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Although some probiotic bacteria have been reported to prevent infections in children, there are few well-designed double-blind studies. Here we evaluated the effects of a probiotic strain of lactic acid bacteria (LAB), Pediococcus acidilactici K15, on viral respiratory tract infections in preschool children. A four-month, randomized, double-blind, placebo-controlled study was performed in 172 healthy children aged 3 to 6 years. Subjects were administered dextrin alone or dextrin including heat-killed K15 (5 × 1010 bacteria). The number of febrile days was the primary outcome. The number of absent days from preschools and the influenza incidence were secondary outcomes. Secretory IgA (sIgA) concentrations in saliva were measured as an exploratory outcome. The primary and secondary outcomes were not significantly different between both groups. Analyses in children with little intake of fermented foods including LAB showed that the duration of a fever significantly decreased by K15 intake. The salivary sIgA level in the K15 group was maintained significantly higher than it was in the placebo group. The effects of K15 on preventing viral respiratory tract infections were not observed without the restriction of fermented foods intake. However, K15 supported anti-infectious immune systems in children who took less fermented foods and the maintenance of salivary sIgA levels in all subjects.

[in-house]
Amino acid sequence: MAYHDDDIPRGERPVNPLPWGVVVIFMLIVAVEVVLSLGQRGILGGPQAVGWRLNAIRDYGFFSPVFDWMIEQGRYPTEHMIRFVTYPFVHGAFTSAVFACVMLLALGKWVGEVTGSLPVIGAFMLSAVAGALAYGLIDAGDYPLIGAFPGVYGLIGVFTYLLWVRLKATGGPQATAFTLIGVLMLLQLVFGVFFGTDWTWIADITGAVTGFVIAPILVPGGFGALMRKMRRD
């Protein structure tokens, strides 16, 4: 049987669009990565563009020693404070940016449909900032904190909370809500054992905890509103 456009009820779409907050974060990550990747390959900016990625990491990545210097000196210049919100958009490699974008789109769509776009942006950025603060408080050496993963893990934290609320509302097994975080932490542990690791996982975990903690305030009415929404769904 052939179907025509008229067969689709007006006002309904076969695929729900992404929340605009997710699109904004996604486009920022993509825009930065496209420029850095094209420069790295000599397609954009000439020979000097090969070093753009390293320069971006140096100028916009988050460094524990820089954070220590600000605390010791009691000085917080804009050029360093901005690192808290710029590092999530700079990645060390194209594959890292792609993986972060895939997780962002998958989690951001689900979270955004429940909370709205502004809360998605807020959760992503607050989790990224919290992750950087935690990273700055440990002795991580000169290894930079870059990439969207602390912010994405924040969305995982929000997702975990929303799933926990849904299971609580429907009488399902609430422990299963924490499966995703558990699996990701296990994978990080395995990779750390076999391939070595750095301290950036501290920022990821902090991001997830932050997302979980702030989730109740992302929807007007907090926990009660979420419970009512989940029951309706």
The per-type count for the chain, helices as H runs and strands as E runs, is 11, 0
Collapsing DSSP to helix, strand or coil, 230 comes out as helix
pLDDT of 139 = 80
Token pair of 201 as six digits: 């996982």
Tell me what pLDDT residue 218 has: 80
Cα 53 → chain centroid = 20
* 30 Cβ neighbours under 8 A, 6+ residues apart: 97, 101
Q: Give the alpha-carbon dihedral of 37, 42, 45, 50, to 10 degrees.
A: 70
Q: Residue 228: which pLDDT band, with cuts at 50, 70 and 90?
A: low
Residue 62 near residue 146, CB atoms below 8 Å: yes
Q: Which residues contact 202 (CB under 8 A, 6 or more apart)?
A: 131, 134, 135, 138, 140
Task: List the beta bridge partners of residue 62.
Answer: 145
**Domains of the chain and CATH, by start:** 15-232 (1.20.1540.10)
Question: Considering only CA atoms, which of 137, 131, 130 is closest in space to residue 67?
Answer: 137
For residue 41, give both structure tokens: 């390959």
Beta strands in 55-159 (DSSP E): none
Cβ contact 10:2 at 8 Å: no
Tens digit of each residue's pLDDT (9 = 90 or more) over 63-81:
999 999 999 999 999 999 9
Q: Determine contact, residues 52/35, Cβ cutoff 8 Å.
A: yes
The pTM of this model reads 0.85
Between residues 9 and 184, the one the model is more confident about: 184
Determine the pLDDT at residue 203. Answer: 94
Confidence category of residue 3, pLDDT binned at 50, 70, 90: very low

Keywords: Pediococcus acidilactici K15; double-blind study; febrile days; preschool children; respiratory tract infections; safety; secretory IgA.

Research Insights

SupplementHealth OutcomeEffect TypeEffect Size
Pediococcus acidilacticiMaintained Secretory IgA LevelsBeneficial
Pediococcus acidilacticiReduced Fever DurationBeneficial
Pediococcus acidilactici VPro29Maintained Higher Salivary Immunoglobulin A LevelsBeneficial
Pediococcus acidilactici VPro29Reduced Fever DurationBeneficial

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